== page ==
Dr Schwartz, who owns the adjacent Sofitel Sydney Darling Harbour, said that previous NSW planning bodies had rejected proposals for the Harbourside re-development to include residential, and that decision should stand.
In 2019, Mirvac lodged a new plan for the site, proposing a commercial office above a redeveloped shopping and commercial centre. However, Mirvac produced yet another design for the site which re-introduced a residential tower as the major element in the development plan.
“The residential focus of the development proposal goes totally against the tourism, entertainment and retail concept of Darling Harbour,” said Dr Schwartz.
“The opening of the Sofitel and International Convention Centre three years ago re-emphasised Darling Harbour’s principal role as Sydney’s tourism hub, and there is no justification for deviating from that model.
“The Ribbon development on the former Imax site was also proposed as part-residential but had to change to full short-term accommodation, comprising a full-service hotel and serviced apartments.
“Darling Harbour has been designed as a commercial tourist and business precinct, not as another residential area in a city that is already well serviced by large-scale high to medium density apartment developments.
“The proposal will also block out views from a number of existing hotels, even more so with the plan to move the tower from the originally planned northern end to the centre of the site. When I bought the Sofitel at a very substantial cost prior to its opening, there was a condition that no building would be built on the Harbourside site for 15 years. Clearly, the Mirvac proposal is in direct contravention of that condition.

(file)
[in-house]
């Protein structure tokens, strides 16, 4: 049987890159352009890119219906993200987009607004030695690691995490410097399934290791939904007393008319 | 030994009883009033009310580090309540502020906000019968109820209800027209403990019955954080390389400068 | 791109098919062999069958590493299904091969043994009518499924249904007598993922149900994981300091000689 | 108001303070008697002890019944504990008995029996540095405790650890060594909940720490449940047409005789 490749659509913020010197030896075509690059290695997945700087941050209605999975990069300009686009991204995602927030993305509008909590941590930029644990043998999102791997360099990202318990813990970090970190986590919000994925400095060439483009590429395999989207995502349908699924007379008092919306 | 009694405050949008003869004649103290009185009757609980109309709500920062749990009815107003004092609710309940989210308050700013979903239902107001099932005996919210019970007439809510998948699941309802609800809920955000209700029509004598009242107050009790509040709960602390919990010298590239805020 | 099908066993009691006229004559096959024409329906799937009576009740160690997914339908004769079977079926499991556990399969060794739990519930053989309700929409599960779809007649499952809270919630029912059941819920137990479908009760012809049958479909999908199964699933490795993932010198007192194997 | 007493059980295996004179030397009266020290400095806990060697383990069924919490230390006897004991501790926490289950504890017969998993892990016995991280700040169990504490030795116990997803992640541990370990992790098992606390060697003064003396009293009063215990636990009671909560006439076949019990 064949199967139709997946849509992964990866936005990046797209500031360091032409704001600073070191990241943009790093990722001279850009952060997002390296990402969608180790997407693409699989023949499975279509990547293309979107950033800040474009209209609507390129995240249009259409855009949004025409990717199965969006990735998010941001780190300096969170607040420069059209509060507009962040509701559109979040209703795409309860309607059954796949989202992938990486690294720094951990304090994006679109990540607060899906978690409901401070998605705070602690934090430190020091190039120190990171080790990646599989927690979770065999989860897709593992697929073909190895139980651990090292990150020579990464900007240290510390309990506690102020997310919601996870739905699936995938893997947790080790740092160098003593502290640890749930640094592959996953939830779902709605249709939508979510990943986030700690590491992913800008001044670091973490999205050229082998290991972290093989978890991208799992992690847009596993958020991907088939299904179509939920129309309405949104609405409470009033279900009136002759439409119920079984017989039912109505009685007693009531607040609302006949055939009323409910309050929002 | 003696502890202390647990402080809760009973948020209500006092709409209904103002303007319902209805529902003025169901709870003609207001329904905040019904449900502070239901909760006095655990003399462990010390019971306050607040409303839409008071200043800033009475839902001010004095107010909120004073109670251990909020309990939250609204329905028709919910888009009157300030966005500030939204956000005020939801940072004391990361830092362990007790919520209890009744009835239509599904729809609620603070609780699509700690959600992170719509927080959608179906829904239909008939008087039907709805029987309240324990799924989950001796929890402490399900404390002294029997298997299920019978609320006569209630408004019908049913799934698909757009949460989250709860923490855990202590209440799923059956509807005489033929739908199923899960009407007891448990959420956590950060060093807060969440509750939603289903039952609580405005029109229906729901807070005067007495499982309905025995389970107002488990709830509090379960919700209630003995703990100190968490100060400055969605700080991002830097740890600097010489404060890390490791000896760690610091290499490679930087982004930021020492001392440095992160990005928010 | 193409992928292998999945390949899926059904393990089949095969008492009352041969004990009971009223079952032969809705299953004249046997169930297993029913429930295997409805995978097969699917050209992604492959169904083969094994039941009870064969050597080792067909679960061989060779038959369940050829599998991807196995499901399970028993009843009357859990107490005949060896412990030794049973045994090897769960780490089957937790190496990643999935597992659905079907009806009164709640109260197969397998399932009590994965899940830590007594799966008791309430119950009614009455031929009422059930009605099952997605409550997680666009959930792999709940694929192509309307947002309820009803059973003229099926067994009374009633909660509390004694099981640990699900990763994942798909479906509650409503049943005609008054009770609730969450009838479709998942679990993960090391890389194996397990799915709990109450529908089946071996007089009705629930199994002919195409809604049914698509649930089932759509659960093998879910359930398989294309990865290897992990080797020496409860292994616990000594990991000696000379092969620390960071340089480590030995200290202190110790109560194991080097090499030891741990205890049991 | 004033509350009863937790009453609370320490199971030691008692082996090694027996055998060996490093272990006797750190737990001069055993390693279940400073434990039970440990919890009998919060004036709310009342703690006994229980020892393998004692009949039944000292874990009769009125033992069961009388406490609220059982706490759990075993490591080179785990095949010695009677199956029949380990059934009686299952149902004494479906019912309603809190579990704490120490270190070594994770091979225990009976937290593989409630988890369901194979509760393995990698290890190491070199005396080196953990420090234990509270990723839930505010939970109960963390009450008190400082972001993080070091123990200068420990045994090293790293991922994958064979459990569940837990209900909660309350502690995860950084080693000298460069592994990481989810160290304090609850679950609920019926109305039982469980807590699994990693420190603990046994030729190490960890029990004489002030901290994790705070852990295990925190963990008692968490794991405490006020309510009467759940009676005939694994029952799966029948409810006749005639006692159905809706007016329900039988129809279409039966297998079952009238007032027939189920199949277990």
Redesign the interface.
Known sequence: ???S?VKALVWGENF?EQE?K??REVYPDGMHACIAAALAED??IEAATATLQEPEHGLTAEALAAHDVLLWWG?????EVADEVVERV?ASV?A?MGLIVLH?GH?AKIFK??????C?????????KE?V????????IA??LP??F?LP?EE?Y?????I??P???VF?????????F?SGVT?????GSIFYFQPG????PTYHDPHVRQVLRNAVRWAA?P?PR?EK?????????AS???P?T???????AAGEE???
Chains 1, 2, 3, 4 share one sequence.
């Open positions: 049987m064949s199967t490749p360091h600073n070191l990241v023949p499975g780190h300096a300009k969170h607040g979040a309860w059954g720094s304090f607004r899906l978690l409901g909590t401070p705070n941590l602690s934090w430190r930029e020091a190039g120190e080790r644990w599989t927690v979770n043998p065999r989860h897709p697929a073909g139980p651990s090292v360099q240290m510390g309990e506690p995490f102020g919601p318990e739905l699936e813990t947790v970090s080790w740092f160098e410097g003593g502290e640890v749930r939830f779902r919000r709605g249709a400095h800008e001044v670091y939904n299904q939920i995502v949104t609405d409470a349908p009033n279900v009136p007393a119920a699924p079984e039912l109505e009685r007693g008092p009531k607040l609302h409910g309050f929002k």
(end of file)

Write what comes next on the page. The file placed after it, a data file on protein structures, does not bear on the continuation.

“The whole point of the original proposal was to ‘re-develop’ the Harbourside shopping centre, not develop a massive residential tower under the guise of redeveloping the existing shopping component.
“The rest of Mirvac’s proposal – the commercial and retail – is just a smokescreen for what is the ultimate end game: a massive residential development which goes completely against the ethos of the original Darling Harbour design concept.
“Already the City of Sydney has called for the rejection of the proposal, as have local residents of Pyrmont, and we call on the NSW Government to make it clear to Mirvac that this third version of their re-development plan is totally unacceptable.”